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NAJEE’S NOTES: ‘Black Panther’ making box-office history

The numbers are in and “Black Panther” is the talk of South L.A. and the nation. The movie, based on a Marvel comic book, just earned a place in the box office history books in its first four days of release. The movie earned $201.8 million between Feb. 16 and 18 and $241.9 million when you had in Feb. 19 ticket sales.

My family and I joined hundreds of fellow “Black Panther” fans at the Baldwin Hills Crenshaw Rave Cinema. Many of us were dressed in African attire and sat on the edge of our seats, enjoying the film which was co-written and directed by Ryan Coogler and featured an all-star cast headed up by Chadwick Bozeman, Michael B. Jordan, Lupita Nyong’o, Danai Gurira, Sterling K. Brown, Angela Bassett and Forest Whitaker.

The film did not disappoint and continues to be the talk of black America. I haven’t witnessed anything like this since Spike Lee’s “Malcolm X” film. If you haven’t seen it yet, you don’t know what you’re missing. The “Black Panther” and its entire cast brought their A-game. I’m going to see it again.

On Feb. 20, Donald Bakeer, a board member of Project Islamic Hope, and other activists announced a petition drive to Los Angeles City Council President Herb Wesson calling for his office and his fellow council members to change Degnan Boulevard in Leimert Park to “Wakanda.”

Wakanda is the fictional East African nation appearing in American comic books published by Marvel Comics. It is the most prominent of several fictional native African nations in the Marvel Universe and home to the superhero Black Panther.

But in the words of state Sen Holly Mitchell: “How about we stop talking about moving to #WakandaForever, and simply build it right here?”

Sen. Mitchell is on point. Leimert Park, which is the heart and soul of black Los Angeles, needs to have an increased focus on building and supporting the African-American-owned business community that we have left on Degnan Boulevard. The “Black Panther” movie, though fictional, is a record-setting box office smash and has brought joy and inspiration to African-Americans nationwide.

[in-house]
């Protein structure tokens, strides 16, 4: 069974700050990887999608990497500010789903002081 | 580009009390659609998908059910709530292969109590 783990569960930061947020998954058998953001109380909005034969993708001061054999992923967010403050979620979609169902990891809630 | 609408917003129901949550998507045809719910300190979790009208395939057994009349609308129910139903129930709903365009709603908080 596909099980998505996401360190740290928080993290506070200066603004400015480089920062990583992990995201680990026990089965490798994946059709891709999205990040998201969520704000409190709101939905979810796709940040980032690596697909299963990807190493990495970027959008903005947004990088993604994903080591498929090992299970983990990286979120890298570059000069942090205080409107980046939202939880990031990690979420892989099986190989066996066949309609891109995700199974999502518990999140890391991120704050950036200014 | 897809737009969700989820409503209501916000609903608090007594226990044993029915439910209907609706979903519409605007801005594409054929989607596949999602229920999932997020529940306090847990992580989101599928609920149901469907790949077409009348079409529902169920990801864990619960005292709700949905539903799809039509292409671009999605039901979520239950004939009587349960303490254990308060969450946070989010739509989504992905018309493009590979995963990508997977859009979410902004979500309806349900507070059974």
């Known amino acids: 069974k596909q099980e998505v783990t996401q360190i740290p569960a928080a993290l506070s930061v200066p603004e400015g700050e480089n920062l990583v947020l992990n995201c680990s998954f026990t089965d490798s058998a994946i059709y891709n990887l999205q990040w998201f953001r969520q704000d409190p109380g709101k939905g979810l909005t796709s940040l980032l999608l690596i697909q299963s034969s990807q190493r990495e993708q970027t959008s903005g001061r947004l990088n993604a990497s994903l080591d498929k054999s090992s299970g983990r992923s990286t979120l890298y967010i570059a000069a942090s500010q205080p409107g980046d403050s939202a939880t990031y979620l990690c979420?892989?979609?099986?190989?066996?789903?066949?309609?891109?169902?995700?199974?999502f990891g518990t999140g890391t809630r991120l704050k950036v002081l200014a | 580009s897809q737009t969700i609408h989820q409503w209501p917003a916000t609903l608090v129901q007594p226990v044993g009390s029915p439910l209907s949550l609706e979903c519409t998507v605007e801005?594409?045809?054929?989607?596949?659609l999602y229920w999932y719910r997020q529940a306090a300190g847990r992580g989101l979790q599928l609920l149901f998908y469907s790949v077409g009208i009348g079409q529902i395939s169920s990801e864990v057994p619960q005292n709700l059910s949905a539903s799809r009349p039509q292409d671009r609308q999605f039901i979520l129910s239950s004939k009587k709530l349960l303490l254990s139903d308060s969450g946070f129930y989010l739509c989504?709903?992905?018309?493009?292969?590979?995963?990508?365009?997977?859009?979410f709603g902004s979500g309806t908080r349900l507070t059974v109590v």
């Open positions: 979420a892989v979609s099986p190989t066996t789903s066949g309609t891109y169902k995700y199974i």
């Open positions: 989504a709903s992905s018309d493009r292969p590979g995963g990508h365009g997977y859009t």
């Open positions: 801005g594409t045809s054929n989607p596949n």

The African-American community flexed its economic muscle in support of “Black Panther.”

Just imagine what an impact we could make if we gave more support to black-owned business in our neighborhoods. With gentrification a real and growing threat to our African-American institutions and culture in black Los Angeles, now is the time to change Degnan Boulevard to Wakanda and start marking our territory in our community with street names that African Americans nationwide will embrace, identify with and want to support.

A name change to Wakanda can only increase tourism and business in Leimert Park. That’s something we should all support. And if you don’t agree with the name Wakanda, then you should call a press conference and start gathering petitions to support the street name of your choice.

And finally, it’s day 18 and sheriff’s deputies still haven’t found the gun they claimed Anthony J. Weber, the unarmed 16-year-old teen who they shot and killed Feb. 4, had.

Former Sheriff Lee Baca was found guilty of lying to federal investigators and was sentenced to federal prison. The Sheriff’s Department has a long history of corruption that leads all the way to the top with Baca.

Why is it hard for some to believe that these deputies aren’t lying? If Weber had a gun, why hasn’t it been found?

Services for Weber will be at Grace Memorial Chapel in Inglewood with a viewing Feb. 23 from 2 to 6 p.m. and the funeral Feb. 24 at noon.

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